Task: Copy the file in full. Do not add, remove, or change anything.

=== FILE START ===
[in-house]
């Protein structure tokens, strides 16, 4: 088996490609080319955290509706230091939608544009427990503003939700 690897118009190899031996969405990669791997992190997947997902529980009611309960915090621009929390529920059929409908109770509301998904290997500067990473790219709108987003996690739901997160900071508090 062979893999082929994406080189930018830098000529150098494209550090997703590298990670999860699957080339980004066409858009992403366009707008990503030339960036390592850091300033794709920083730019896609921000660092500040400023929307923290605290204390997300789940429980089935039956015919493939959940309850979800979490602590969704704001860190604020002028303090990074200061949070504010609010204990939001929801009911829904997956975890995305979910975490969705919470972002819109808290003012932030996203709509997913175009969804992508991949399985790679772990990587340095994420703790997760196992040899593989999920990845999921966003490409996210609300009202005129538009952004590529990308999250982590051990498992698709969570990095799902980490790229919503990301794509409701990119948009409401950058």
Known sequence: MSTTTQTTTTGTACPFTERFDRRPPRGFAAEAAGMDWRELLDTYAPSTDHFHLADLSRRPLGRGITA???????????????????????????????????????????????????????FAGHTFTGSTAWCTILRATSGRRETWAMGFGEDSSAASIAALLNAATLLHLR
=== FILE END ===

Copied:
[in-house]
């Protein structure tokens, strides 16, 4: 088996490609080319955290509706230091939608544009427990503003939700 690897118009190899031996969405990669791997992190997947997902529980009611309960915090621009929390529920059929409908109770509301998904290997500067990473790219709108987003996690739901997160900071508090 062979893999082929994406080189930018830098000529150098494209550090997703590298990670999860699957080339980004066409858009992403366009707008990503030339960036390592850091300033794709920083730019896609921000660092500040400023929307923290605290204390997300789940429980089935039956015919493939959940309850979800979490602590969704704001860190604020002028303090990074200061949070504010609010204990939001929801009911829904997956975890995305979910975490969705919470972002819109808290003012932030996203709509997913175009969804992508991949399985790679772990990587340095994420703790997760196992040899593989999920990845999921966003490409996210609300009202005129538009952004590529990308999250982590051990498992698709969570990095799902980490790229919503990301794509409701990119948009409401950058």
Known sequence: MSTTTQTTTTGTACPFTERFDRRPPRGFAAEAAGMDWRELLDTYAPSTDHFHLADLSRRPLGRGITA???????????????????????????????????????????????????????FAGHTFTGSTAWCTILRATSGRRETWAMGFGEDSSAASIAALLNAATLLHLR